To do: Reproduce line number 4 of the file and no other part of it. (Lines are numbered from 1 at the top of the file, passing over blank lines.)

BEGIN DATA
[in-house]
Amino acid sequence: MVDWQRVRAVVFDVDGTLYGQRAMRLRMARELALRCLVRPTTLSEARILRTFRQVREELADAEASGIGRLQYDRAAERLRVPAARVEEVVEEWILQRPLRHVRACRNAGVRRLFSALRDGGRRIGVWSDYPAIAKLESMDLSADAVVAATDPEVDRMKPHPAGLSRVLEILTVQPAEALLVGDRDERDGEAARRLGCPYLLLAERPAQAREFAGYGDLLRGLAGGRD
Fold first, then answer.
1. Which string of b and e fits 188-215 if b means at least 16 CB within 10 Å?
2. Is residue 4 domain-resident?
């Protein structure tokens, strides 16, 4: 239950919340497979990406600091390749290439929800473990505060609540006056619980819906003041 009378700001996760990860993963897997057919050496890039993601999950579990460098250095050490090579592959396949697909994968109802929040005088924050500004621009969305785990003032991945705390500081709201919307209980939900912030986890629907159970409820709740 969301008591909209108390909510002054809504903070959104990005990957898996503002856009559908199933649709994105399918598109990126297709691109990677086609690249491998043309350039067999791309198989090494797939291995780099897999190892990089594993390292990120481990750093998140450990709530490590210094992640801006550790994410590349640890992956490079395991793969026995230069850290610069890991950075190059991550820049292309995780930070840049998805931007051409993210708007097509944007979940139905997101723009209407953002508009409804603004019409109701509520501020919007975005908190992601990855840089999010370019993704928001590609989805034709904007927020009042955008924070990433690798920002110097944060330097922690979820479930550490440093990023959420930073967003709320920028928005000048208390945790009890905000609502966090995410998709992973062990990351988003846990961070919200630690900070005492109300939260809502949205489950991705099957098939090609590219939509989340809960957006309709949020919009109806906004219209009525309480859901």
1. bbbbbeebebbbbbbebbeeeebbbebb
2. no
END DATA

1. Which string of b and e fits 188-215 if b means at least 16 CB within 10 Å?